For sure, there are going to be some bumps in the road as both worlds figure out how to play nicely with each other, and I’m not going to pretend to know exactly how this is all going to turn out. But regardless, e-bikes aren’t just coming; they’re already here. That’s not an endorsement for their existence on either my part or CT’s. It’s just a simple fact.

      • Rob

        It would also be great for slower riders who may want to ride with faster riders. E.g my elderly dad riding with me and my mates.
        Absolutely nothing wrong with that. I thought cycling was about getting outside and having fun?

    • Rob

      See ya champ! Don’t let the door hit you on the way out!

    • Steel

      The laws in Australia and Europe limit power assistance of 250 watts to 25 km/h. So they’ll blow you away on a stationary sprint to 25 km/h, but will be slower than a normal roadie after that point as there is more drivetrain resistance and mass.

      Of course they can be hacked and the 25 km/h over-ridden, but then that would effectively turn them into a non-compliant motorcycle and make the rider subject to some enormous fines.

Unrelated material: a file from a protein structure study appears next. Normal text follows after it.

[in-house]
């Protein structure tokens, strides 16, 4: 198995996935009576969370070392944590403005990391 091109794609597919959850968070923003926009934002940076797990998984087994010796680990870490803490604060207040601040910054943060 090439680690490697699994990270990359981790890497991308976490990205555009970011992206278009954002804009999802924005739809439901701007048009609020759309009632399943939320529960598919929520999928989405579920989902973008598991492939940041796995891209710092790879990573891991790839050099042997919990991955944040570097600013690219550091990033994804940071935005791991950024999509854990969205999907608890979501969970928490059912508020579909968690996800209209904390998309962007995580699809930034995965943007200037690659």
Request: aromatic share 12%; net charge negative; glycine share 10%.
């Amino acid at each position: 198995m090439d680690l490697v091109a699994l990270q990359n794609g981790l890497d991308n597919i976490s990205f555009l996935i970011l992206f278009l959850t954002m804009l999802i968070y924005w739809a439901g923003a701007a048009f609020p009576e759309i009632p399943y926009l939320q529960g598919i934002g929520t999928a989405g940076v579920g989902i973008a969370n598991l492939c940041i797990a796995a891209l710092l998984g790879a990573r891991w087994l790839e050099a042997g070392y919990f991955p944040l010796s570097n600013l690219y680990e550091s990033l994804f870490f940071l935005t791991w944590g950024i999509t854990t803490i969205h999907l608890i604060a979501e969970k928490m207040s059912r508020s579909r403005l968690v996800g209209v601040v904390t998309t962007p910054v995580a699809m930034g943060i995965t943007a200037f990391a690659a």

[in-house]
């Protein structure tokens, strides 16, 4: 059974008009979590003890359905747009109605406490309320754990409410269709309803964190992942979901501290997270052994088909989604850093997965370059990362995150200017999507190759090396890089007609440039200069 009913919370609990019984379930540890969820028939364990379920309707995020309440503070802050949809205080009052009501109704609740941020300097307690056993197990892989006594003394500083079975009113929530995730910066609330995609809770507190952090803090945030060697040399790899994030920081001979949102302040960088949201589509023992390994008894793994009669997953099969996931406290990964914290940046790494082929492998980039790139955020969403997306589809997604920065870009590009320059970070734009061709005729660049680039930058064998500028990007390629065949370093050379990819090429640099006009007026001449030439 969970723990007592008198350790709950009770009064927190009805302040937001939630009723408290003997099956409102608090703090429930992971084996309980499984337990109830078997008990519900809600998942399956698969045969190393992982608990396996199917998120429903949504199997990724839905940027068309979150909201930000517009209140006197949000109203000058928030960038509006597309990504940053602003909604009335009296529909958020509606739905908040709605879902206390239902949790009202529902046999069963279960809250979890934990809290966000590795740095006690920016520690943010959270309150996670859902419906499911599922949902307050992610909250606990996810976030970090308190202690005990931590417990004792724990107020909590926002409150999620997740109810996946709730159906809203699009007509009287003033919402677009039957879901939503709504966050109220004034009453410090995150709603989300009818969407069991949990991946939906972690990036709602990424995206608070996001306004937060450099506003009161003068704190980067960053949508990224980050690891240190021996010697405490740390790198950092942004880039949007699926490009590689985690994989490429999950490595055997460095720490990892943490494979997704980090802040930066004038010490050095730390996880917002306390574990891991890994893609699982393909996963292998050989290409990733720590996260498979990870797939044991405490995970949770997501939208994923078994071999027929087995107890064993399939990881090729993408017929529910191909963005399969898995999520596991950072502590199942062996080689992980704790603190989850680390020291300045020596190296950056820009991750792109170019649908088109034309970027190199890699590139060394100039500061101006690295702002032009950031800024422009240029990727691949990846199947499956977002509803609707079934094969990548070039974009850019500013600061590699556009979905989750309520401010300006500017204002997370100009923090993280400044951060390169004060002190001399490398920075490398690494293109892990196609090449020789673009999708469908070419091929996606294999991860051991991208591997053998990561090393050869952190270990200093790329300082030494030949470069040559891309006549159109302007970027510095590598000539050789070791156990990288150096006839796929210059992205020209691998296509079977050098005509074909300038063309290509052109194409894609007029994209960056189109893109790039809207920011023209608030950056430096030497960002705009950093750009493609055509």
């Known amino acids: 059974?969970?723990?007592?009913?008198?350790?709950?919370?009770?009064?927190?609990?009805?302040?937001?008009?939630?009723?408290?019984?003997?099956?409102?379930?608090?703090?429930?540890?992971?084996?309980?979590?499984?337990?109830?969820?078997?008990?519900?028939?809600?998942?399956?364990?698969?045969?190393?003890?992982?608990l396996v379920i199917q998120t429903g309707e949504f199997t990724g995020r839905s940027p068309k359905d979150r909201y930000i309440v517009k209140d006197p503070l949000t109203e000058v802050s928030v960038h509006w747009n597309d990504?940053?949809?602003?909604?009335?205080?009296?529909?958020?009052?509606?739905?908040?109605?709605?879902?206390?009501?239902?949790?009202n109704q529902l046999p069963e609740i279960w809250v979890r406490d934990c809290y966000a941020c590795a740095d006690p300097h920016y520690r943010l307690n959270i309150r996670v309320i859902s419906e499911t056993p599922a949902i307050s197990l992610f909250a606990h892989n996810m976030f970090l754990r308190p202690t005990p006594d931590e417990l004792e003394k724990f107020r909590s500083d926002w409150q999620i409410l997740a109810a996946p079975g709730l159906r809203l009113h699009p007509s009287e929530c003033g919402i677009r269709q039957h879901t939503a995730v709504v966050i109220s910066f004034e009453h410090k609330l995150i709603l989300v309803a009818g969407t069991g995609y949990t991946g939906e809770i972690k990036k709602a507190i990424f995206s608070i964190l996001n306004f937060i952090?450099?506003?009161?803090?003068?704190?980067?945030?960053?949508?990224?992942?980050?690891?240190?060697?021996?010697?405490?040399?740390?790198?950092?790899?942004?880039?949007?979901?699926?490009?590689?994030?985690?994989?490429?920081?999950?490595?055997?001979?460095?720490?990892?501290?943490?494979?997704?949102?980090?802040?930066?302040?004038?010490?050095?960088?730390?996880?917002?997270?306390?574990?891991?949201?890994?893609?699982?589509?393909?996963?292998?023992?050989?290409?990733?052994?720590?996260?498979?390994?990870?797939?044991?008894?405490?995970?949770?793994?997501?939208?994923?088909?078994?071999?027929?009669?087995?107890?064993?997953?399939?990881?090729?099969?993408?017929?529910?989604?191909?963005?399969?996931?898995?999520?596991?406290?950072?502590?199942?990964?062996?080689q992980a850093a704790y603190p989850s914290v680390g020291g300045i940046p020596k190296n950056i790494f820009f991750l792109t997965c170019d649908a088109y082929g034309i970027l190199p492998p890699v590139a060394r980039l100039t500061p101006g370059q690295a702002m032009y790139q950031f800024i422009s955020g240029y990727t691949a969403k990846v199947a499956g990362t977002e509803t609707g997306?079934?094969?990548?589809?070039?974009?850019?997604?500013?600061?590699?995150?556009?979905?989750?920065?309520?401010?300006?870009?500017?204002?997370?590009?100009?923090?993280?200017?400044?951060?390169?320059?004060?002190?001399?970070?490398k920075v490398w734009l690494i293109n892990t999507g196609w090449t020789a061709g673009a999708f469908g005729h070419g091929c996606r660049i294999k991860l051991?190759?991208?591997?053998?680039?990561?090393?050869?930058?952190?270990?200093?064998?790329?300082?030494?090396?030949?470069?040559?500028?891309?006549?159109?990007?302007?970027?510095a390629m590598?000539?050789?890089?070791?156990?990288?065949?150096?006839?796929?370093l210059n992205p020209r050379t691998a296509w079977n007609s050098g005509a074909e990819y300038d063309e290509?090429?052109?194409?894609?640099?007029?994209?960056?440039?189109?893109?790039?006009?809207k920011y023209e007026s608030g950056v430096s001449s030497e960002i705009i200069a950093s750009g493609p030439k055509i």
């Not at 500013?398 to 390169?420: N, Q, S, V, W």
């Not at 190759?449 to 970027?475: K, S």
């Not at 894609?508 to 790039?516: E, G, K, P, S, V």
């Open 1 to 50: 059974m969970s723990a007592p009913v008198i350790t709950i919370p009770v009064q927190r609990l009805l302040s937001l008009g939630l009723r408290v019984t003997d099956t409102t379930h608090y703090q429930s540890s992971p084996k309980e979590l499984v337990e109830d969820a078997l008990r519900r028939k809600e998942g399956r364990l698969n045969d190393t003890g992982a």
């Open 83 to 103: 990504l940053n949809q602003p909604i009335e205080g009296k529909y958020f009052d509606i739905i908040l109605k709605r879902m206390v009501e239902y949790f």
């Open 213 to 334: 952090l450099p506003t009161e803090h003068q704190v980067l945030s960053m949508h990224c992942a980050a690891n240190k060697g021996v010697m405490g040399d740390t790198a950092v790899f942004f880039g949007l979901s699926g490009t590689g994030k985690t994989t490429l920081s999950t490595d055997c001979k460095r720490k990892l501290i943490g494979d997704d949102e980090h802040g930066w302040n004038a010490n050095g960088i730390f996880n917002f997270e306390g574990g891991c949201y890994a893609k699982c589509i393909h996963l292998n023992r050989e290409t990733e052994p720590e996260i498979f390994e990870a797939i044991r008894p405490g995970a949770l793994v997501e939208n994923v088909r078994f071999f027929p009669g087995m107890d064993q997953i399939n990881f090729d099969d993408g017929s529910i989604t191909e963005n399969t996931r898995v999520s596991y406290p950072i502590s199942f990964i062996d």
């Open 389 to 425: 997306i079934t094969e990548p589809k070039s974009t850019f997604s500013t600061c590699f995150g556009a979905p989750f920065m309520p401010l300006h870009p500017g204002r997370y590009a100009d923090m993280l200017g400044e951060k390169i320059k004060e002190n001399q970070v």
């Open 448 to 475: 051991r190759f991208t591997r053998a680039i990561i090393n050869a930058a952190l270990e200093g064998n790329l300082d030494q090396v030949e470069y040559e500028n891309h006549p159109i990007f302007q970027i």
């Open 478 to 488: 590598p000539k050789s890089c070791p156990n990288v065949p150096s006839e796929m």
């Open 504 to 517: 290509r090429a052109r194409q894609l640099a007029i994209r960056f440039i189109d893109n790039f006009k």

But a great idea for riders who want to take on a community ride event like an alpine classic and need the assistance of electric.

      • Steel

        BTW, the law in the US is very different and most states allow power assistance to 750 Watts which would make them a pretty attractive proposition as a road bike in some situations.

  • velocite

    I’m thinking that that Easton spindle power meter has to be one sided, ie it can only measure power from the non-drive side crank.

    • James Huang